Elections can’t fix the permanent bureaucracy that actually runs the country. From Jeffrey A. Tucker at brownstone.org:
Americans have limitless faith in democracy. In the early 19th century, that charmed Alexis de Tocqueville. His book Democracy in America still rings true today because not much has changed. The entire country can be in ruins and even then, most people figure that it will all be improved or even solved come November. It’s been going on for our entire history. As a people, we believe our elections are what keep the people and not the dictators in charge.
Surely some of this faith is necessary simply because it is the only option we have. The sitting president and his party are in deep trouble now, and most observers are predicting a rout in the midterm elections, granting us two additional painful years of inflation plus recession unfolding amidst what will surely be a brutal political stalemate and cultural upheaval. Then November will come again and with it another round of trust that the new president will figure something out.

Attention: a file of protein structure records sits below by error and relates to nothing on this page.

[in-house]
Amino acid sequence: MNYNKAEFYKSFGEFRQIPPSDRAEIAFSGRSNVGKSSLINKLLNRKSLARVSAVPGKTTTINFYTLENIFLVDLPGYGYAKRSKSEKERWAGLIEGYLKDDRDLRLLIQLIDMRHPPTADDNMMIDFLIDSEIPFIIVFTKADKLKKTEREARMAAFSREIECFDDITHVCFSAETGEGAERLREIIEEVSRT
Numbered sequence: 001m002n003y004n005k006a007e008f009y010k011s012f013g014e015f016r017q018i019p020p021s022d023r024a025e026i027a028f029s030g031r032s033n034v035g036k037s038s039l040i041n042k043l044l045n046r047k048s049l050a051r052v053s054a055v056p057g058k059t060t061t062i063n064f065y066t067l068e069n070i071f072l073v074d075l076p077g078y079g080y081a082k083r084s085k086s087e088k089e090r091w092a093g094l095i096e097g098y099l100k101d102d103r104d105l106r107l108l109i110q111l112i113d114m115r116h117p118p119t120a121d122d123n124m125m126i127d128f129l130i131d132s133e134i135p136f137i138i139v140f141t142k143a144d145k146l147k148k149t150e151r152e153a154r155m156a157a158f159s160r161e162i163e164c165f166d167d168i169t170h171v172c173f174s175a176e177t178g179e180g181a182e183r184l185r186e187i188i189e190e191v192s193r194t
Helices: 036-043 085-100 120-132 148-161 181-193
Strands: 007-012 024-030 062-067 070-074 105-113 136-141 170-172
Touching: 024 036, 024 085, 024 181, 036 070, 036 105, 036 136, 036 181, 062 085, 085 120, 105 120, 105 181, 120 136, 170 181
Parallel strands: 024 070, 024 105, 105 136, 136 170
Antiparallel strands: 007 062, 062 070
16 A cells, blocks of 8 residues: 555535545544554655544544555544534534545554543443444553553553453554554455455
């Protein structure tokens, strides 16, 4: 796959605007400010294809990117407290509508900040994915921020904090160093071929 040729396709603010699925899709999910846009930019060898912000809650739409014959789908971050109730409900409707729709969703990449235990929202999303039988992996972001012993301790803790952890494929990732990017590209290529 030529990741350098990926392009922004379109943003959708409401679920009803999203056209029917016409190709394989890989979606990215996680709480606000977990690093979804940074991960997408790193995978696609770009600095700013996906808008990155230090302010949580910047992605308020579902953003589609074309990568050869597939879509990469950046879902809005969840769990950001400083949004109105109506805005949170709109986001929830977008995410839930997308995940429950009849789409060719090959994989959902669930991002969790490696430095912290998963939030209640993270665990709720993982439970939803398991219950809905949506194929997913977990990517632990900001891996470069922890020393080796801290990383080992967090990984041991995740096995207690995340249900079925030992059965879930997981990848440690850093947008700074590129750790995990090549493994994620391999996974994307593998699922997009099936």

This faith in our elected leaders is belied by the experiences of the last 30 months. To be sure, the elected politicians are nowhere near blameless in what unfolded and they could have done far more to stop the disaster. Trump could have sent Fauci and Birx packing (maybe?), the Republicans could have voted no on trillions in spending (did they really have a choice?), and Biden could have renormalized the country (why didn’t he?). Instead they all went along…with what? With advisers from the bureaucracies, the people who have de facto ran the country for this entire grim period.